>> you were not an orthodox jew. >> no. >> and yet here you are, at the spear point, right at the dip. there's your restaurant. here's a shelter. >> this is a shelter. >> here you are. >> after the death of my daughter, i just start to talk, to whom? to people who want to listen. i know that my daughter was killed for no reason and i know that people on the other side have been killed for no reason. childrens, old people. i have been a soldier in gaza. i saw very poor people. i know there is interest in keeping these poor people. you can go far, far, but the bottom line is, let's stop with the suffering. >> you know, i went to this settlement community. >> nice people. >> and i said to you, you know,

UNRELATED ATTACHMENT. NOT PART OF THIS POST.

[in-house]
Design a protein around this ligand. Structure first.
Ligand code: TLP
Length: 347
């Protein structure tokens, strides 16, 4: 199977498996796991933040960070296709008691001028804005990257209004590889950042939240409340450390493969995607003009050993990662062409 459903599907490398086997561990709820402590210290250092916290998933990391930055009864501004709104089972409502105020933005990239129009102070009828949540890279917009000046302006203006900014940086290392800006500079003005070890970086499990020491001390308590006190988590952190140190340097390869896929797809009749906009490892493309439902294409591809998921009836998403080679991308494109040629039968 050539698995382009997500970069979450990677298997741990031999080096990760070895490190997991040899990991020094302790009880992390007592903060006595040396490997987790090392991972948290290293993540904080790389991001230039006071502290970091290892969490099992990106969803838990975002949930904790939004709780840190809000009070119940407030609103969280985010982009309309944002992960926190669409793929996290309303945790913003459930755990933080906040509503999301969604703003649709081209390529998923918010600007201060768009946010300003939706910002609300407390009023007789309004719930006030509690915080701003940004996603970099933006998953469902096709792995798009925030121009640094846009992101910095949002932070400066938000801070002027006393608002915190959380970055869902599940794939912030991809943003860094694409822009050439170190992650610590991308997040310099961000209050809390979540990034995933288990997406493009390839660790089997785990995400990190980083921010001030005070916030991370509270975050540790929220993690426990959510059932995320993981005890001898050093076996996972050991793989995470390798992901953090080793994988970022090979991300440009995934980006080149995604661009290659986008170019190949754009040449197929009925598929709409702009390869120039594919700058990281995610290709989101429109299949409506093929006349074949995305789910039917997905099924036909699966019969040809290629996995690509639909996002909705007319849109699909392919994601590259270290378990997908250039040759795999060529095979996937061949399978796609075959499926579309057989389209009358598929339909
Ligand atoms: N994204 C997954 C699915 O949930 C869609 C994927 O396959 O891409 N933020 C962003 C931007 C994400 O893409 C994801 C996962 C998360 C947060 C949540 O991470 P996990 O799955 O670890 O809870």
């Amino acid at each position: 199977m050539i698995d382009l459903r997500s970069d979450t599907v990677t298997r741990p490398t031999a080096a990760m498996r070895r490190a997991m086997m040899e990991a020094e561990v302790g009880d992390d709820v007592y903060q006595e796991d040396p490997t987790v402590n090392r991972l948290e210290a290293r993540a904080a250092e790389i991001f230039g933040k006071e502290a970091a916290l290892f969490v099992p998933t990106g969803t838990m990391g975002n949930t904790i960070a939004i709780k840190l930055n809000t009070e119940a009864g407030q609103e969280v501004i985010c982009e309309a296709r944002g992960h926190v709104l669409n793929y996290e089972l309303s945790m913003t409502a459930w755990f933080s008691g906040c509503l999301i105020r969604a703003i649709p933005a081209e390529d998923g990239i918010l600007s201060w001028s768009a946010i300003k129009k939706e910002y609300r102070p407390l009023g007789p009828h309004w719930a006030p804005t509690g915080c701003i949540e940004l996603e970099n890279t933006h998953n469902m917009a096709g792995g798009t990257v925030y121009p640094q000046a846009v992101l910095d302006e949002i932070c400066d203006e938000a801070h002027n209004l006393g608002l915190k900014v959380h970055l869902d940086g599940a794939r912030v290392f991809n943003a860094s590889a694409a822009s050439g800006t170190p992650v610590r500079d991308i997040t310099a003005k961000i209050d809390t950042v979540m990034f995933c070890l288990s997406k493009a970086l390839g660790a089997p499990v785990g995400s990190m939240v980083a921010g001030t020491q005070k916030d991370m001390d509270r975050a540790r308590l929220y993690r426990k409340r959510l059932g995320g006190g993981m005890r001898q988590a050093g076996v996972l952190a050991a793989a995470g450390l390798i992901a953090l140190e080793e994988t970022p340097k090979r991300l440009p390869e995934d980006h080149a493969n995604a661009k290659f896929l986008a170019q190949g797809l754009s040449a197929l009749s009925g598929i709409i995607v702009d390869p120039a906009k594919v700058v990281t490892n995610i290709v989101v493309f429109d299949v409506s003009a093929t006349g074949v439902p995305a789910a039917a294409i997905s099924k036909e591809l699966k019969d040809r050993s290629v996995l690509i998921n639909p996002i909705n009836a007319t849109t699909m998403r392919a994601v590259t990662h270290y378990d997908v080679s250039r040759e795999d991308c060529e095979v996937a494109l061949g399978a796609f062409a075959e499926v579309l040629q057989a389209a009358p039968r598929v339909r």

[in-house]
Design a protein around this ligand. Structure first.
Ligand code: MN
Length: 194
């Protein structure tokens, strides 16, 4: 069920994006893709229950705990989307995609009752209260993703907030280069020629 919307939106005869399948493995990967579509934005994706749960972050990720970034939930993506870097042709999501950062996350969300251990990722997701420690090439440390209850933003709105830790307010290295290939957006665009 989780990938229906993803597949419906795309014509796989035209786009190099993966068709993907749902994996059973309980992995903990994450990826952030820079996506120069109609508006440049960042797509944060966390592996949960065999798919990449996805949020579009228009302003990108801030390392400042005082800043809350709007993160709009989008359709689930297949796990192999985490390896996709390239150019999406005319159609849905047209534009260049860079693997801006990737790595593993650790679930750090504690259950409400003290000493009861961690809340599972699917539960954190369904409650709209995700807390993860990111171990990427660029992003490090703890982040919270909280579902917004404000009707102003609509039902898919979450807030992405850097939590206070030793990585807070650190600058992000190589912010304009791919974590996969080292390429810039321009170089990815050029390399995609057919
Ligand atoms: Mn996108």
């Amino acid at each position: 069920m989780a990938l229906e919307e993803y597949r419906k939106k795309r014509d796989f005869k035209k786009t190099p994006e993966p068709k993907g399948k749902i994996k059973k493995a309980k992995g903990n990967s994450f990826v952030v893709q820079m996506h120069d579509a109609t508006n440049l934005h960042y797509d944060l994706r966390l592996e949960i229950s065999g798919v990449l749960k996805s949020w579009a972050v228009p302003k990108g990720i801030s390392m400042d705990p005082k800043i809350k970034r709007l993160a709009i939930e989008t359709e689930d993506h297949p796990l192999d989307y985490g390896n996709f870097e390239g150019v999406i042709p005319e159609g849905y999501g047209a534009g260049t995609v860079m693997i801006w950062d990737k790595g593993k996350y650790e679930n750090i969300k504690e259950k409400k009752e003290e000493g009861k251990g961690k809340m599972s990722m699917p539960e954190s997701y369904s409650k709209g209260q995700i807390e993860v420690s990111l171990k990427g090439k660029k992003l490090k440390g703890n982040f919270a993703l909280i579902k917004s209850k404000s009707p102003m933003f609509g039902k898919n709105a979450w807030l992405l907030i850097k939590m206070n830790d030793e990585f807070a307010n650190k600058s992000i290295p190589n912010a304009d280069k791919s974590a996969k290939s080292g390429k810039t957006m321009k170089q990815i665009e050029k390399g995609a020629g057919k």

they were nice. and you said, you said, you said, they're all nice. >> they're all nice. i know, nice, very nice palestinian people. >> they're all nice, but if you scratch, if you push, they all want -- they'll all say, throw them in the sea. >> most of the people, they don't talk. they are very upset. they are fed up. and the same goes from the other side to us. you have to find the right people on both village, also on the down, also on the up, and maybe they talk. and i am sure that is possible. >> the opportunities to do that here are very, very, very limited, it seemed. >> i agree. >> and i mean, one doesn't even have to speak metaphorically, because there is an actual wall.